The games -- he sat on the bench.

The practices -- he was on the sidelines.

The pre-game meetings -- he sat in.

The bus trips to and from nearby games -- he sat in the front seat.

The team huddles -- he listened.

And every spare moment that he wasn't with Dorrance and the Tar Heels, he talked to former UNC players, other soccer coaches around the nation and Dorrance's family.

Fletcher went through her four years at UNC with Crothers along every step of the way. She and her teammates were aware of his presence, but they never made an issue of it. Nothing changed.

"For us, a lot of the stuff is just sheer comedy, and I think he captured a lot of that," Dorrance said. "Anytime someone associated with program reads it, they usually end up screaming in laughter because it reminds us of the stuff that goes on in around here."

But the comedy behind the scenes is only part of it.

Dorrance is a complex man. Crothers, although he was taken aback at times while with the Tar Heels, wanted to give the complete picture of Dorrance and his team -- the good and the bad.
An entire chapter is dedicated to Dorrance's "critics" and allegations against him. Life has not been a "never-ending ascension." The story is not sugar-coated. Dorrance's language is not censored.

The content is balanced; it's raw. But it's stocked to the brim with anecdotes.

Like the time current players Heather O'Reilly and Elizabeth Guess came to Dorrance for advice during their first Halloween in Chapel Hill. Or the time Mia Hamm came into Dorrance's office, a nervous wreck in anticipation of her initial goal-setting meeting with her coach, and he provided the motivation that has stuck with her since.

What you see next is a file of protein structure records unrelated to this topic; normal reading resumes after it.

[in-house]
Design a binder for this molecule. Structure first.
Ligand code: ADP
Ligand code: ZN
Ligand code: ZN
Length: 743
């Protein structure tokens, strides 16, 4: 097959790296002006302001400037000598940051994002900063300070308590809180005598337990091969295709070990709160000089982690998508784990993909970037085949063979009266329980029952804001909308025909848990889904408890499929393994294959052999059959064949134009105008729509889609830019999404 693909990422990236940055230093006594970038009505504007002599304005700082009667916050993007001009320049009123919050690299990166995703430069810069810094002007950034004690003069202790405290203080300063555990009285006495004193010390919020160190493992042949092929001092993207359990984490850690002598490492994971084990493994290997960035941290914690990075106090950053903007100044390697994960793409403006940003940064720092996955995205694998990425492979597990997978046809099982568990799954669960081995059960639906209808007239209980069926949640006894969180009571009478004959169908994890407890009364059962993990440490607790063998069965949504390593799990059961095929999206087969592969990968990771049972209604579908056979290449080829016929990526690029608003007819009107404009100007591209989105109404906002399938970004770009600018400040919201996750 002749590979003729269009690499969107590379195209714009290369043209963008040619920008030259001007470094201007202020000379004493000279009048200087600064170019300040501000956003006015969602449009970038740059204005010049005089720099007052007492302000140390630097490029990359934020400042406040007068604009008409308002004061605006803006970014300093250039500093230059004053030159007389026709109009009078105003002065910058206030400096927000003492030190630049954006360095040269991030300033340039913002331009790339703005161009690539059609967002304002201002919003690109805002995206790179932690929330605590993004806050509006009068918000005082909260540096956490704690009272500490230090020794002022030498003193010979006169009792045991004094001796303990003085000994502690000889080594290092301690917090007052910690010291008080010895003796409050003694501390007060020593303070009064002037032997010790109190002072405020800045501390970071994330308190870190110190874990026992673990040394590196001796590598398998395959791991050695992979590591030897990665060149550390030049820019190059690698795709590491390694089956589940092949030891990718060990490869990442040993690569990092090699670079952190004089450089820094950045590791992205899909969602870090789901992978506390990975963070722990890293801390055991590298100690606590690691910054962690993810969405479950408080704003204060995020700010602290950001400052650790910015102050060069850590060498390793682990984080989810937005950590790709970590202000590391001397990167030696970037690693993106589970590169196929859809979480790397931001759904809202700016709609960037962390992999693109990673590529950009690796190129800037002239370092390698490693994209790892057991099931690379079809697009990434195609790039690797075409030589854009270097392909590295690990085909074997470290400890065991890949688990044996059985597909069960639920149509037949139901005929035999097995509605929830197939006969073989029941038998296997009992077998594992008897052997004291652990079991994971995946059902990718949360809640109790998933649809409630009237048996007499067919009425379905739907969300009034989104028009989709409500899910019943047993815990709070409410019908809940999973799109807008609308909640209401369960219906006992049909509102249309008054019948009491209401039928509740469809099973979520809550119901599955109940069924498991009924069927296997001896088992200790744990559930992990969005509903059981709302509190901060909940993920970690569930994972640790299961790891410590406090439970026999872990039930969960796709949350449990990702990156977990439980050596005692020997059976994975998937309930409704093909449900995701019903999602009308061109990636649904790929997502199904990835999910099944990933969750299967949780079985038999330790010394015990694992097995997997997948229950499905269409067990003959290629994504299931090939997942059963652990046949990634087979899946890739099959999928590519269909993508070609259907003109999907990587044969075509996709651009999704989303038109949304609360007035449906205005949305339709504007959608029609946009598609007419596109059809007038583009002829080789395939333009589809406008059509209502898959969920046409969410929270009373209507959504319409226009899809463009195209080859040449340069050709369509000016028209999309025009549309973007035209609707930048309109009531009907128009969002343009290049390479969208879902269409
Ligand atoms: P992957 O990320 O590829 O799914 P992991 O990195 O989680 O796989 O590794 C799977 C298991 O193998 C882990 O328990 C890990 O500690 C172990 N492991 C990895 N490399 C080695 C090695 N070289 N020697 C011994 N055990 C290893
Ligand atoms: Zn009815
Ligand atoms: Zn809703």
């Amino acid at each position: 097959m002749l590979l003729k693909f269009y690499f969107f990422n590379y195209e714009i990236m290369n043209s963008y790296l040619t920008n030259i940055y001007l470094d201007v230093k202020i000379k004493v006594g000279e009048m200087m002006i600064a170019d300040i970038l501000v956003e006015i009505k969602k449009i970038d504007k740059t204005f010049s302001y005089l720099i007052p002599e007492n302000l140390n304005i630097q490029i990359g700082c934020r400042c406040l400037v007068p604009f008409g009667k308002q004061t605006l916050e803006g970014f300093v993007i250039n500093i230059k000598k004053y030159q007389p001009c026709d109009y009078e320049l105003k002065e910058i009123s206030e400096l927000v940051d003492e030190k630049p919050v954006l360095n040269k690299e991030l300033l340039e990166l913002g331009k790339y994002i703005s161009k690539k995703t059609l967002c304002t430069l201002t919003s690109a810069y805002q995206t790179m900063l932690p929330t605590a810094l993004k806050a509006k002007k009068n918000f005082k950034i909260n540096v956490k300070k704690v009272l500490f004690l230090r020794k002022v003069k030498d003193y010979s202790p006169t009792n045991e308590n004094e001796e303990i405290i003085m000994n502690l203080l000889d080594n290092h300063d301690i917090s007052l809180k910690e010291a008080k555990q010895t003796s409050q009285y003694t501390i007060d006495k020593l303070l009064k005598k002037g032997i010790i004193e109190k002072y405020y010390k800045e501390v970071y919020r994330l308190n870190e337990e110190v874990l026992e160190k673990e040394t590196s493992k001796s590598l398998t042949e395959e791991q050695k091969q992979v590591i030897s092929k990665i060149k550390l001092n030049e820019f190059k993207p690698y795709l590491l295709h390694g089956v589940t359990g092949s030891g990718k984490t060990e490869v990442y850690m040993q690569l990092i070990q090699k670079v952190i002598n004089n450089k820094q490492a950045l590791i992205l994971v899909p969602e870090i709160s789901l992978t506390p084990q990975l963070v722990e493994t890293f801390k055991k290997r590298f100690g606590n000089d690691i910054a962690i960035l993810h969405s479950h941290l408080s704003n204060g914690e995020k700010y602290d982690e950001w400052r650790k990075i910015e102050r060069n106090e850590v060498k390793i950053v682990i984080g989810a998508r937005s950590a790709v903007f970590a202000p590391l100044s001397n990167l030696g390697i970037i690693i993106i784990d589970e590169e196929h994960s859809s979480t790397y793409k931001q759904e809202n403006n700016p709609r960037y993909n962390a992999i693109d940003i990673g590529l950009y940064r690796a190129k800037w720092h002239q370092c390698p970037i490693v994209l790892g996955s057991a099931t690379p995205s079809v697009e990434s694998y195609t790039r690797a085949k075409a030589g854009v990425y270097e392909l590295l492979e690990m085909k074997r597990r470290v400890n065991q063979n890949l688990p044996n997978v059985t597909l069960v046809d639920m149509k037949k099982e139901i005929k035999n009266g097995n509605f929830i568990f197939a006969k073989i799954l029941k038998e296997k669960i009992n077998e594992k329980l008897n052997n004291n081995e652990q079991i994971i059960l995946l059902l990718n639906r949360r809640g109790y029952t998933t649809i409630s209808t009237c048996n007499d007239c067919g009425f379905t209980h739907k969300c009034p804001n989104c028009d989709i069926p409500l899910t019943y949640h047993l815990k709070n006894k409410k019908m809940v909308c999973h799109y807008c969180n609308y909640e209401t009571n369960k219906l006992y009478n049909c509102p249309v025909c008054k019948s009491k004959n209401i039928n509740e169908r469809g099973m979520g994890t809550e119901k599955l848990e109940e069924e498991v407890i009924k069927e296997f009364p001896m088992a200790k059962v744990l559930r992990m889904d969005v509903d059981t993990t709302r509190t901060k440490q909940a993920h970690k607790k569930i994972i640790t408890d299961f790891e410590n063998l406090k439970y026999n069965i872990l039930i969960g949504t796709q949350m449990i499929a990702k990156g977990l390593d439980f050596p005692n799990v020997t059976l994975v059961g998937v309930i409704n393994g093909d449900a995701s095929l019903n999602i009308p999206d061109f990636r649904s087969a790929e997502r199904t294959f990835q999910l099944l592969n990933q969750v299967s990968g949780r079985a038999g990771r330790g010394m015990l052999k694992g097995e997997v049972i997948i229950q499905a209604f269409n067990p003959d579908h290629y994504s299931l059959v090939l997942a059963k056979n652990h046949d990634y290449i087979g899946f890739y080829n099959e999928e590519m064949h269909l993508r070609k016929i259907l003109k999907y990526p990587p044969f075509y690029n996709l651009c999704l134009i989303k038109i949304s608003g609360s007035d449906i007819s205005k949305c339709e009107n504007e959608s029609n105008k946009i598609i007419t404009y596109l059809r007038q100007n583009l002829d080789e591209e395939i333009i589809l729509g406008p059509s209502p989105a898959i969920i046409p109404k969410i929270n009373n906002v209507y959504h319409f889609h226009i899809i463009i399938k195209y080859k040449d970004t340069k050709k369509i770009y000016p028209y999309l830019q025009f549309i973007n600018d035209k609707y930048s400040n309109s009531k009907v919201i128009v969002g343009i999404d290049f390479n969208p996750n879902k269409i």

"Anson is one of the most candid people I have ever talked to, and so was everyone else I interviewed," Crothers said. "I'm not very good at cutting my work, and I'll be the first one to admit that this book could be a good 40 pages shorter. But I just couldn't bring myself to take any more out. I probably have two books this size of more anecdotes sitting on the cutting-room floor."

The details are abundant: Dorrance's posture on the sidelines; he has his players run sprints in a "Big V" as a reference to victory; he pronounces "victory" like VIC-tree; he uses trophies as doorstoppers; the way his leather office chair embodies his "Godfather" qualities.

The book hit stores this week and Crothers is scheduled to do a signing at the Bull's Head Bookshop on Oct. 24. Sports Illustrated columnist and author Rick Reilly has raved about it. Southern California football coach Pete Carroll loves it. But above all, Crothers' biggest critic couldn't be more pleased.

"It shares everything," Dorrance said. "Tim spent a lot of time with us. No one has ever studied us in this much depth. He's the only one who has done this."

Contact Nicki Jhabvala at 932-8743 or

No comments: